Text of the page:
Basic Skills to Empathic Listening.The essence of good listening is empathy, which can be achieved only by suspending our preoccupation with ourselves and entering into the experience of the other person.
Empathy is the ability to understand clearly what other people are experiencing.
Empathic listening is understanding and relating to another’s feelings.
It is a deep level of listening driven by the value of empathy—one that involves a genuine interest in and curiosity about the experience of others.
Listening with empathy centers on the earnest attempt of the listener to experience what the speaker is experiencing or feeling and to respond to those feelings nonjudgmentally.We cannot understand others empathically if we are judging them.
Listening nonjudgmentally does not mean we concur or condone what the other person is saying, only that we are willing to step out of ourselves long enough to see how the person views what he or she is saying.Only through such listening can you fully understand the speaker’s meaning.
A listener’s empathy—grasping what we are trying to say and showing it—builds a bond of understanding, linking us to someone who hears us and cares, and thus confirms that our feelings are legitimate and recognizable.
The power of empathic listening is the power to transform relationships. When deeply felt but unexpressed feelings take shape in words that are voiced and come back clarified, the result is a reassuring sense of being understood and a grateful feeling of shared humanness with the one who understands.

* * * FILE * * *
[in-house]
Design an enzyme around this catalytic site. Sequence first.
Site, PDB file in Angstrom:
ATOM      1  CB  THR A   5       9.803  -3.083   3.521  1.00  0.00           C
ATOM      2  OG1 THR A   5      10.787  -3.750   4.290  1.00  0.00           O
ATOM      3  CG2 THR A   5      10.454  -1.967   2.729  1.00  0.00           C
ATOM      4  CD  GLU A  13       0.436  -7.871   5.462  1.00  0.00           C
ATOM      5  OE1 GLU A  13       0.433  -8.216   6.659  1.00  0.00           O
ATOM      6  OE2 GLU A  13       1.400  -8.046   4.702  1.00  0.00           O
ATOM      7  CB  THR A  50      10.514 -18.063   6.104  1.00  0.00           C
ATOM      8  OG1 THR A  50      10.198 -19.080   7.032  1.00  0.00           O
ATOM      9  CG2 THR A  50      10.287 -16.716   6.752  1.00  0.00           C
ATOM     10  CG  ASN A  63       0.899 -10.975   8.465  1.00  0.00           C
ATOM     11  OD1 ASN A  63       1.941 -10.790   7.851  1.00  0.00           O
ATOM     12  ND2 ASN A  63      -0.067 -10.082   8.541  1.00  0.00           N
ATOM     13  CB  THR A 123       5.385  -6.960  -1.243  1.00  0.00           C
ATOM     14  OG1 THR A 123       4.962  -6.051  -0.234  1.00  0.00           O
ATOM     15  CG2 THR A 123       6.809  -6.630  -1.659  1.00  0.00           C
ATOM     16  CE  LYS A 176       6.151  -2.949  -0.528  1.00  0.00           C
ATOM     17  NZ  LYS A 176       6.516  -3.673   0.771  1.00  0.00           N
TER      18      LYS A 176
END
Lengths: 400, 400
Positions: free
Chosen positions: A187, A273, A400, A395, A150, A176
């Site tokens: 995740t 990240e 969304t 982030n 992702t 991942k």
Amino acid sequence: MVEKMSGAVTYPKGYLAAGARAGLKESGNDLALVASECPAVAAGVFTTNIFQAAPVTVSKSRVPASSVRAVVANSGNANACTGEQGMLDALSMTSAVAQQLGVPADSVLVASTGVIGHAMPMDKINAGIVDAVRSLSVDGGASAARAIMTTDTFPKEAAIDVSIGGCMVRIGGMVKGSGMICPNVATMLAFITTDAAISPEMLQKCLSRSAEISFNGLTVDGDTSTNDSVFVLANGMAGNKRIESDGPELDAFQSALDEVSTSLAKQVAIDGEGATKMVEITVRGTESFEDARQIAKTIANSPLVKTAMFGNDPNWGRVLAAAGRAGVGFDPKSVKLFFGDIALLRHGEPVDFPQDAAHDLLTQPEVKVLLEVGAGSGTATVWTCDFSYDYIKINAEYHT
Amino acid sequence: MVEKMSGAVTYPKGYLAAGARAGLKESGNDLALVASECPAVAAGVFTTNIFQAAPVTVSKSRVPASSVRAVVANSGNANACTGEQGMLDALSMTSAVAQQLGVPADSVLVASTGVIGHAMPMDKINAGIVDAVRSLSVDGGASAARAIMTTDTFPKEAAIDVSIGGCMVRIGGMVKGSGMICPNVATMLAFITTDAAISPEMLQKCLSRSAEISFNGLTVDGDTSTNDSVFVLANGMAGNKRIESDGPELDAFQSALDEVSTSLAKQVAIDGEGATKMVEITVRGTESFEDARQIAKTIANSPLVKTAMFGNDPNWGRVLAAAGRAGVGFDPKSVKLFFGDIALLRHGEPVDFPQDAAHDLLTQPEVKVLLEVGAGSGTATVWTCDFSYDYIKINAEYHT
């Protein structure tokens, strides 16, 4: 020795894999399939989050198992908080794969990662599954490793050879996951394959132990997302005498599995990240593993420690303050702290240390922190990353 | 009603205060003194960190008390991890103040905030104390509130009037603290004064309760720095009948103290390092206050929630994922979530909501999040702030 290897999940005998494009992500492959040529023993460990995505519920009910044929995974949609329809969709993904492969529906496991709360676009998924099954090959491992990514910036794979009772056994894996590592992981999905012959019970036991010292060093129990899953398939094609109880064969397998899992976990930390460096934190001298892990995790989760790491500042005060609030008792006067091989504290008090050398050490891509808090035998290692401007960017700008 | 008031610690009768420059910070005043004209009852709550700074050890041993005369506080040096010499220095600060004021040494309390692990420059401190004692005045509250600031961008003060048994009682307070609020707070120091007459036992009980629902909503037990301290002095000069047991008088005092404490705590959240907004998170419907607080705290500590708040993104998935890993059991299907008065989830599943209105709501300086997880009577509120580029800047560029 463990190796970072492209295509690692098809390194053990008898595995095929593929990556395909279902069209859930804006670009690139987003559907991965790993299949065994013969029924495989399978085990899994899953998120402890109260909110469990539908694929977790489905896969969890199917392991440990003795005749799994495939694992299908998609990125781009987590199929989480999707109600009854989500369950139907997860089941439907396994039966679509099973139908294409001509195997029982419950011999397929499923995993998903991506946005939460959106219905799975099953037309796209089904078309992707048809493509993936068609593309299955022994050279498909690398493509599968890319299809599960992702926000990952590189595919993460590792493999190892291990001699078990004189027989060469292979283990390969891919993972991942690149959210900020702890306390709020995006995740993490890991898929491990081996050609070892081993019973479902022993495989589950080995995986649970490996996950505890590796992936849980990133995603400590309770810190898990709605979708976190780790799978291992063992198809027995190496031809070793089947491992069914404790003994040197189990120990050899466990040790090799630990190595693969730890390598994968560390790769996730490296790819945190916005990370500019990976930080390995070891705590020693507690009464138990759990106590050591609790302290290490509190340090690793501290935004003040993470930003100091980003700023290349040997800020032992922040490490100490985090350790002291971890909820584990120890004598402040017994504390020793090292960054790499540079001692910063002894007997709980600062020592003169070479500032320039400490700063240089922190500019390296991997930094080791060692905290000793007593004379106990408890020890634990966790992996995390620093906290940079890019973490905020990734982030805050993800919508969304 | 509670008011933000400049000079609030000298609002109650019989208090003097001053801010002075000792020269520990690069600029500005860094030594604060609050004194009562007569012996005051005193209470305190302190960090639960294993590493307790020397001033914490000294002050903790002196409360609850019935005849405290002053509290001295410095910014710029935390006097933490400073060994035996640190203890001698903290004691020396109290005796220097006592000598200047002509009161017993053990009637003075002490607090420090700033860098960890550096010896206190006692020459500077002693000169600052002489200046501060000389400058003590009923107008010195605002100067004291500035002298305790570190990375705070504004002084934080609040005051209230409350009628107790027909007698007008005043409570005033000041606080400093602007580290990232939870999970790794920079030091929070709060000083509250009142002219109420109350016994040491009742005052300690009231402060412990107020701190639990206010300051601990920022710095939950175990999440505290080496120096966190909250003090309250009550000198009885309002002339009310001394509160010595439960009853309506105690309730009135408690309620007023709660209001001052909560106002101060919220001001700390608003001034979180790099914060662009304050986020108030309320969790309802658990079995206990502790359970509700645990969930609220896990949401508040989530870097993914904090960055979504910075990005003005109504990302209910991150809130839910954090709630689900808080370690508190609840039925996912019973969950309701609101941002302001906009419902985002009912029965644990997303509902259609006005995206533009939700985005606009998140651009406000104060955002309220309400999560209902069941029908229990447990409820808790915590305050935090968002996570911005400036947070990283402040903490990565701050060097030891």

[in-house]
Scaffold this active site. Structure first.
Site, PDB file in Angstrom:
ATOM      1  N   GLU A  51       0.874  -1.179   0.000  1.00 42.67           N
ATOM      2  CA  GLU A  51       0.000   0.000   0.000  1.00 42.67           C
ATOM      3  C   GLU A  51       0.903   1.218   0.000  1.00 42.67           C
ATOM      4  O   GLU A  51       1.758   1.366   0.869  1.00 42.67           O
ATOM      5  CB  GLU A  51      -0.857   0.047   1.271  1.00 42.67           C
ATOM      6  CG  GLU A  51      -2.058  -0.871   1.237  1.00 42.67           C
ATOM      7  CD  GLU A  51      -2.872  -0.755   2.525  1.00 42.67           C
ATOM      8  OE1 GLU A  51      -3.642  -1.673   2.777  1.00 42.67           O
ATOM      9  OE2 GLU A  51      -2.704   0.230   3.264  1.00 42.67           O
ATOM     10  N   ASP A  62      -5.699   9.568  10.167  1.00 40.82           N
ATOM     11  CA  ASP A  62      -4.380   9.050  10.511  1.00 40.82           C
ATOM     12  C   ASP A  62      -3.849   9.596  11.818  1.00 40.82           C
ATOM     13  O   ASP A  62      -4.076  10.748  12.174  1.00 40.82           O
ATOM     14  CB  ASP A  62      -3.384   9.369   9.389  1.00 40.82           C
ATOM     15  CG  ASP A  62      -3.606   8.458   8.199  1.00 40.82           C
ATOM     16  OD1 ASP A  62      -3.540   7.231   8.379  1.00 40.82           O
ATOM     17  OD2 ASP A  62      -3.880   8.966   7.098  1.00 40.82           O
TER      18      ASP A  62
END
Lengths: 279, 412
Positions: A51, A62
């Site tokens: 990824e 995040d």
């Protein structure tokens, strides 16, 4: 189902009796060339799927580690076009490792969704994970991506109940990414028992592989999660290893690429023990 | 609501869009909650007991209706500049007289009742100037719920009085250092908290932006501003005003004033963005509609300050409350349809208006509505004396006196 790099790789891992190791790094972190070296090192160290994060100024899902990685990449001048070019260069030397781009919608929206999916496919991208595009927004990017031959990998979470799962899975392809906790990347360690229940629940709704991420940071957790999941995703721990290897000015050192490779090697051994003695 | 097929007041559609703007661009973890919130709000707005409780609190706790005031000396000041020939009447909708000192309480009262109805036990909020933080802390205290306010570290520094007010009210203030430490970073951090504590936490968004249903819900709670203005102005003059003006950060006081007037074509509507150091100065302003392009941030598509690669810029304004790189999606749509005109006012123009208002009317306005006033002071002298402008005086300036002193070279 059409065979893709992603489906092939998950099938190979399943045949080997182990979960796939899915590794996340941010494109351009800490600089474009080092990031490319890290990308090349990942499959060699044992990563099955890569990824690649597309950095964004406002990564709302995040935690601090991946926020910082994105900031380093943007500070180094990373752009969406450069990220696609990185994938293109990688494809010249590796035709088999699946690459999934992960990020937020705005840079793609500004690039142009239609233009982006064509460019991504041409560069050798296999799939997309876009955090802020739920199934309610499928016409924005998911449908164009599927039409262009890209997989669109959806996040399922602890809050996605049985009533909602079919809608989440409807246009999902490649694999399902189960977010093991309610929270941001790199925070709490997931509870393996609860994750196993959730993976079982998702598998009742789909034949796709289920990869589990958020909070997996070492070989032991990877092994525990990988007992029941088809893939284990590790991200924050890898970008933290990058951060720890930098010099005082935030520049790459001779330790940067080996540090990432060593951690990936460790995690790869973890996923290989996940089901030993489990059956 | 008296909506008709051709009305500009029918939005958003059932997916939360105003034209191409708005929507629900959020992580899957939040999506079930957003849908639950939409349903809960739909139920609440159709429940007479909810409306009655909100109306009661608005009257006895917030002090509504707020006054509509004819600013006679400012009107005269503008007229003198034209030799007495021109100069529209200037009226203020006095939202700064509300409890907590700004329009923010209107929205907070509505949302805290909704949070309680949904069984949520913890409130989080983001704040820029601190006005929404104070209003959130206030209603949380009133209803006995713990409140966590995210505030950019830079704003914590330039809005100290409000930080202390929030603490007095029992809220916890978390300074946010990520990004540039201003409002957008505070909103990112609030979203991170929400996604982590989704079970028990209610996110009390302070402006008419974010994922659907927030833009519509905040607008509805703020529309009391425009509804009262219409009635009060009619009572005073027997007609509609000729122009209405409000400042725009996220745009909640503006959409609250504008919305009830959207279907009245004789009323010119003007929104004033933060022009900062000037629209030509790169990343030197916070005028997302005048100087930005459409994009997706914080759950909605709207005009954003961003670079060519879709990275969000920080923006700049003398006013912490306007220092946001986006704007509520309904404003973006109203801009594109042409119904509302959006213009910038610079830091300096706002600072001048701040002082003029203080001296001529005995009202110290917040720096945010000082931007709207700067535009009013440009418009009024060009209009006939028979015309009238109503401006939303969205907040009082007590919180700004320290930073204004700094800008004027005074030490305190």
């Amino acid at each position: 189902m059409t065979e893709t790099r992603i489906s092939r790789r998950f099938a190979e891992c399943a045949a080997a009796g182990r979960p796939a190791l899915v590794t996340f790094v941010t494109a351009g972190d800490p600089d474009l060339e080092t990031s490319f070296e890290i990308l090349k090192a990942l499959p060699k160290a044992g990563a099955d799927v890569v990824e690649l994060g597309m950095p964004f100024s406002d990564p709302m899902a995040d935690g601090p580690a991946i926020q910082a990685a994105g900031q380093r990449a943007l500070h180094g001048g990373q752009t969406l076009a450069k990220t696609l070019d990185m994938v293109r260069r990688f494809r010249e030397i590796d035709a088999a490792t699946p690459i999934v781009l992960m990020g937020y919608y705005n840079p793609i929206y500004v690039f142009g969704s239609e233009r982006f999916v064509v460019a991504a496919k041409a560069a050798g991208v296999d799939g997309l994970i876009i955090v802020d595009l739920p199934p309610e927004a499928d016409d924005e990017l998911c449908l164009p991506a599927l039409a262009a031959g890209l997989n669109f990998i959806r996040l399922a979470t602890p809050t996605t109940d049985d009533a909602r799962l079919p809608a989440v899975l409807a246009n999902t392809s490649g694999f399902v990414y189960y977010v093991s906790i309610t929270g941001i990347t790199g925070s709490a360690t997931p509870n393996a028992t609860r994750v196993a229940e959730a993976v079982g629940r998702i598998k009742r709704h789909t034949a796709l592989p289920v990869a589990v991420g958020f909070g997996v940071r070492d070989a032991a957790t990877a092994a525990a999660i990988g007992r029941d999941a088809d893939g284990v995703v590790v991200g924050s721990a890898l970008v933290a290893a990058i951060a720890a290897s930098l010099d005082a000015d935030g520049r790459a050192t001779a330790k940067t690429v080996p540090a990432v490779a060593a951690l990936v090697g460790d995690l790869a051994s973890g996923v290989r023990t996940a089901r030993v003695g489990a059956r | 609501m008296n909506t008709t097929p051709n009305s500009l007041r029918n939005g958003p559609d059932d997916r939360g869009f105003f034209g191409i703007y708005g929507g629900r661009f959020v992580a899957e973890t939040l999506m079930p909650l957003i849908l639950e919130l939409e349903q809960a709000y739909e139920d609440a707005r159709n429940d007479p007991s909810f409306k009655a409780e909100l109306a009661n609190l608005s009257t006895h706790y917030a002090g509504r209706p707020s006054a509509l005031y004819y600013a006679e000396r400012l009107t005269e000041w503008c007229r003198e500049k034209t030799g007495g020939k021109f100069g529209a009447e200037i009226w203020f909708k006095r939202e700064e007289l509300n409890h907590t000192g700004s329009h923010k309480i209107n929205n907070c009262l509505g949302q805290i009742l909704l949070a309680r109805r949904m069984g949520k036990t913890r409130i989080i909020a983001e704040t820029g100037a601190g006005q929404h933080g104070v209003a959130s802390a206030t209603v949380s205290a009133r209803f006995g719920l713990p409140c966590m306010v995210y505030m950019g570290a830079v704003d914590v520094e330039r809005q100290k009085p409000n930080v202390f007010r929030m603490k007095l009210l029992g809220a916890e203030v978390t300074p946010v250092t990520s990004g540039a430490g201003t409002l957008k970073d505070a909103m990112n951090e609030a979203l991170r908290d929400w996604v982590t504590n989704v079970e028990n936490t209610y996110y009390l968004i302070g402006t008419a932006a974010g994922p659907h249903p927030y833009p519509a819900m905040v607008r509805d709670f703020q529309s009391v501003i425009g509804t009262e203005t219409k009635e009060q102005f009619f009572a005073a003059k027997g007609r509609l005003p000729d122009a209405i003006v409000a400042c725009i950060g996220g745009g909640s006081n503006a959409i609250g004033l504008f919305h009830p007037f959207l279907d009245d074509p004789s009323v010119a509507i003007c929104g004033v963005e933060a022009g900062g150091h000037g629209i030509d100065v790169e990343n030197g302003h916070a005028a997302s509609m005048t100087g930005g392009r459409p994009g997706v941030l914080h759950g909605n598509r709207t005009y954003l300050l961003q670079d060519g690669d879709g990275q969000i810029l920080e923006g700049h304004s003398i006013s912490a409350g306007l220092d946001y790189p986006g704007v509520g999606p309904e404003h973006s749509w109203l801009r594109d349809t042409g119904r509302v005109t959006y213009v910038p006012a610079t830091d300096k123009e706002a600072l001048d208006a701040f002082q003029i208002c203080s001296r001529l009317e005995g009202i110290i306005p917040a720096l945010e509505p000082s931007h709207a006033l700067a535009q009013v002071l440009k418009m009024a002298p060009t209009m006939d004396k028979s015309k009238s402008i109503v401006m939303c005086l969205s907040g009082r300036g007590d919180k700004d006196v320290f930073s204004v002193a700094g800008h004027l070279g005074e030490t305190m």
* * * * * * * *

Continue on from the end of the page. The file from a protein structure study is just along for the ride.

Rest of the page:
|An excerpt from: The Lost Art of Listening: How Learning to Listen Can Improve Relationships, by Michael P. Nichols).|
Steven R. Covey clarifies the nature of empathic listening:
In empathic listening, you listen with your ears, but you also, and more importantly, listen with your eyes and with your heart. You listen for feeling, for meaning. You listen for behaviour. You use your right brain as well as your left. You sense, you intuit, you feel. — Stephen R. Covey, The Seven Habits of Highly Effective People.
The basis of empathic listening is, therefore, listening for feeling, meaning and behaviour — by sensing, intuiting and by feeling. In other words, using nonverbal communicationsOpens in new window as much as (or maybe more than) verbal communication.
It calls for careful attention to the speaker’s verbal and nonverbal cues. The listener gleans the full meaning of the speaker’s message by putting these cues together into a statement that reflects the content as well as the associated feeling.Harper Lee further emphasizes this point:
You never really understand another person until you consider things from his point of view — until you climb inside of his skin and walk around in it. — Harper Lee,To Kill a Mockingbird
Although it might be metaphysically impossible to actually get “inside” the world of another person and experience the world as s/he does, it is possible to approximate this.